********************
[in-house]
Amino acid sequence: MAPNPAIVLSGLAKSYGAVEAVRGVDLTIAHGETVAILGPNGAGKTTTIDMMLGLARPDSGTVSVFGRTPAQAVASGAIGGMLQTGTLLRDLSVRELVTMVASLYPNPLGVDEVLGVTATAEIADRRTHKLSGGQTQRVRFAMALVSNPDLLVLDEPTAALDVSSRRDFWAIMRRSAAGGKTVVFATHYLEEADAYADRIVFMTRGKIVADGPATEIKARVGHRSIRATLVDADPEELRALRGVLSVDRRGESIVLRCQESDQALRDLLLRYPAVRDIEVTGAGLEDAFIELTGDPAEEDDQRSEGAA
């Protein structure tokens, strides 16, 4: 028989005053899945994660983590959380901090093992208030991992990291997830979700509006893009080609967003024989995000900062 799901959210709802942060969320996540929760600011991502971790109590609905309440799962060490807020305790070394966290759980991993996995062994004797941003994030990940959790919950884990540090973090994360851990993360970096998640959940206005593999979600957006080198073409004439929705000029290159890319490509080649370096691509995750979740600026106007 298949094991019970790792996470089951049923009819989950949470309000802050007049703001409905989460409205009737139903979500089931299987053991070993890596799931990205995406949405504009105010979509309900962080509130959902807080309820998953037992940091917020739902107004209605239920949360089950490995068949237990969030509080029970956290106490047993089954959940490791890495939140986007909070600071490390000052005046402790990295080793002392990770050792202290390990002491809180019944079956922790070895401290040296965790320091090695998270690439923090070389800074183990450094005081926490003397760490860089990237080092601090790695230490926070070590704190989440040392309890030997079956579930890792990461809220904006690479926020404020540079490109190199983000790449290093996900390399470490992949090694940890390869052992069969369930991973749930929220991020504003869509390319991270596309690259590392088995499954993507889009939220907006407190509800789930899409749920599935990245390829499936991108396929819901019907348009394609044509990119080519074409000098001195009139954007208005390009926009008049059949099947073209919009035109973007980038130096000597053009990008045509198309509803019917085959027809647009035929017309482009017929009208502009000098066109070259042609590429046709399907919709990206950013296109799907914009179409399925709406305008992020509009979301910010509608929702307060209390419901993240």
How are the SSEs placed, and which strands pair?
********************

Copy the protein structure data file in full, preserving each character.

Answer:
[in-house]
Amino acid sequence: MAPNPAIVLSGLAKSYGAVEAVRGVDLTIAHGETVAILGPNGAGKTTTIDMMLGLARPDSGTVSVFGRTPAQAVASGAIGGMLQTGTLLRDLSVRELVTMVASLYPNPLGVDEVLGVTATAEIADRRTHKLSGGQTQRVRFAMALVSNPDLLVLDEPTAALDVSSRRDFWAIMRRSAAGGKTVVFATHYLEEADAYADRIVFMTRGKIVADGPATEIKARVGHRSIRATLVDADPEELRALRGVLSVDRRGESIVLRCQESDQALRDLLLRYPAVRDIEVTGAGLEDAFIELTGDPAEEDDQRSEGAA
């Protein structure tokens, strides 16, 4: 028989005053899945994660983590959380901090093992208030991992990291997830979700509006893009080609967003024989995000900062 799901959210709802942060969320996540929760600011991502971790109590609905309440799962060490807020305790070394966290759980991993996995062994004797941003994030990940959790919950884990540090973090994360851990993360970096998640959940206005593999979600957006080198073409004439929705000029290159890319490509080649370096691509995750979740600026106007 298949094991019970790792996470089951049923009819989950949470309000802050007049703001409905989460409205009737139903979500089931299987053991070993890596799931990205995406949405504009105010979509309900962080509130959902807080309820998953037992940091917020739902107004209605239920949360089950490995068949237990969030509080029970956290106490047993089954959940490791890495939140986007909070600071490390000052005046402790990295080793002392990770050792202290390990002491809180019944079956922790070895401290040296965790320091090695998270690439923090070389800074183990450094005081926490003397760490860089990237080092601090790695230490926070070590704190989440040392309890030997079956579930890792990461809220904006690479926020404020540079490109190199983000790449290093996900390399470490992949090694940890390869052992069969369930991973749930929220991020504003869509390319991270596309690259590392088995499954993507889009939220907006407190509800789930899409749920599935990245390829499936991108396929819901019907348009394609044509990119080519074409000098001195009139954007208005390009926009008049059949099947073209919009035109973007980038130096000597053009990008045509198309509803019917085959027809647009035929017309482009017929009208502009000098066109070259042609590429046709399907919709990206950013296109799907914009179409399925709406305008992020509009979301910010509608929702307060209390419901993240």
How are the SSEs placed, and which strands pair?